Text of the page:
By Saul Freeman
Three days and some sleep later and I have some thoughts.
Thought 1 is to make it clear that I was at all times – and still am – very much in the Remain camp. Thought 2 is to note how wearily reductive and predicable much of the post-cataclysm commentary from appalled Remainers on the Left has been.
Thought 3 is that I live in the North – heartland of Brexit.
Much of what I read in the media and on social media seems to boil down to a howl of outrage that those outside London were ever handed an opportunity to express their democratic rights. Draw a line somewhere north of Milton Keynes, South and West of Swindon and East of Peterborough and they simply can’t be trusted. Londoners are at this very moment petitioning the higher powers (Thom Yorke, perhaps?) to either hold another vote or to declare a city state that can rejoin Europe and run screaming from association with the grubby provinces: “You’re all a bunch of racists!”
When reasonable folk point out that this might display a degree of ignorance and prejudice in equal proportion to the alleged crime of the Brexiters, even hitherto sensible dead-centrist folk like Dan Hodges – now of the Mail on Sunday – come over all self-assured and self-righteous:
Mention the “North-South divide” and the full weight of the South-East (with a per capita atomic mass roughly equivalent to that of a 3 bedroom loft-style apartment in groovy Hackney) drops from the sky onto those impertinent enough to suggest that the vote might tell us something important about our nation and that deserves scrutiny.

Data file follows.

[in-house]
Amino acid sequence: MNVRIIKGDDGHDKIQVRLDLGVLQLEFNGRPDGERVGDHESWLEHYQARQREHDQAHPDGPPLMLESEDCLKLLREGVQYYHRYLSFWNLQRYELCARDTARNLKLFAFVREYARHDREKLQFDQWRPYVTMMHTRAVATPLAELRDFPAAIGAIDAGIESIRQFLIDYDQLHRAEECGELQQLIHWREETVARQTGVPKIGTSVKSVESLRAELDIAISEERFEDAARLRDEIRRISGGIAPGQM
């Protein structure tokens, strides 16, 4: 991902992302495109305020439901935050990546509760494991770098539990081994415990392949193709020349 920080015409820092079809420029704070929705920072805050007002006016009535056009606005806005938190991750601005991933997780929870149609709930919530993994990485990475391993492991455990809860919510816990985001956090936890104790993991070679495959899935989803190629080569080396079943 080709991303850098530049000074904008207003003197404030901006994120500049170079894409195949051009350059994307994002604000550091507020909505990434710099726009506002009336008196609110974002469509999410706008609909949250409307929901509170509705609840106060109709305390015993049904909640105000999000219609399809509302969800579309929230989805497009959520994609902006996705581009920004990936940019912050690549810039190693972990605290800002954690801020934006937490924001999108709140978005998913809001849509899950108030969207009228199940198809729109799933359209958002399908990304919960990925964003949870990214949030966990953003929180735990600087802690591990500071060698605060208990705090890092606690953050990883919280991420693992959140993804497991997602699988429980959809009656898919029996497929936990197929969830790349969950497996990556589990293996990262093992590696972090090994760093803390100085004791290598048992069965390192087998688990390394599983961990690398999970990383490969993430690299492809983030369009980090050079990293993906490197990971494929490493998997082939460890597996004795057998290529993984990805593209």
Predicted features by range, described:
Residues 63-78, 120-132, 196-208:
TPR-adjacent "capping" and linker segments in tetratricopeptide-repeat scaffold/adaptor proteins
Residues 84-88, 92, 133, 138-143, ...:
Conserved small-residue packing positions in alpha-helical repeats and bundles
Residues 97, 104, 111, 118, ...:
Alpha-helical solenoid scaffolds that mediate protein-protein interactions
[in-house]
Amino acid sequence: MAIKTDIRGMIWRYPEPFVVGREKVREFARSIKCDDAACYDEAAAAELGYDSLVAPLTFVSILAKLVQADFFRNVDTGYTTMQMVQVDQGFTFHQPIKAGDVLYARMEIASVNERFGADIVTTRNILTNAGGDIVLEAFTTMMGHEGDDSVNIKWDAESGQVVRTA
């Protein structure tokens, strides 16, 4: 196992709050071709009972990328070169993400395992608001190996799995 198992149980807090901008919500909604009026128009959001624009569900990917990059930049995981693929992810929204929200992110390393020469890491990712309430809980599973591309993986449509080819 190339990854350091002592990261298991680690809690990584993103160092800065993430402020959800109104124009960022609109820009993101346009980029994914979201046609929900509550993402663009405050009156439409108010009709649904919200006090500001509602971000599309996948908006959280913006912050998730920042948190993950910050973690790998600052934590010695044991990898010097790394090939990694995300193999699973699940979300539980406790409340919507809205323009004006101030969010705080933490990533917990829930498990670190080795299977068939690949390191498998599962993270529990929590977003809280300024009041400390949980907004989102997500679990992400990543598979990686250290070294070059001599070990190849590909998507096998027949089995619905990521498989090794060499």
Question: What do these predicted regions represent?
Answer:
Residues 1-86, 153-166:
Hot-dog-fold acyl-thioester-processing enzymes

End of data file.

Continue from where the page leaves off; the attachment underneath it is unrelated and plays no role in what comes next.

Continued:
In the 1980s as the North bore the full brunt of the Thatcherite attack on the working classes who toiled in heavy industry, the Left expressed its love and admiration for those plucky Northerners. Both in London and up and down what was to become the M4 corridor, you couldn’t move for Constituency Labour Parties and the SWP, RCP & CPGB organising Miners Solidarity Groups. A cynic might imagine that there was a fetishising of the North and all who sailed in her from those who knew almost nothing of life there and what that looked, felt and smelled like. But never mind that – we all had the donkey jackets and Coal not Dole button badges. We loved those Northerners, fighting the fight on the sharp end of the class struggle. They were worthy.
A generation and a half later and the pits are now logistics distribution centres handily located close to the M1. Former pit villages are teetering under the weight of a structural unemployment that crushes and splits communities. Cities like Sheffield -built on the sheer good fortune of proximity to both seams of coal, rushing rivers and iron ore – lurch from one funding crisis to the next, locked in a death-grip with endless disappointment and never-quite-arrested decay. The North doesn’t die; distinct bits of it do – of course – prosper, thank you very much. But it’s not like London and the South East. It just isn’t.
Here’s the thing, and at face value it’s quite simple: there are not enough jobs. What jobs there are are often low paid and insecure. In London and the South East there are – broadly – enough jobs. That doesn’t mean they are all fulfilling, well paid and involve foreign travel, but the jobs are there.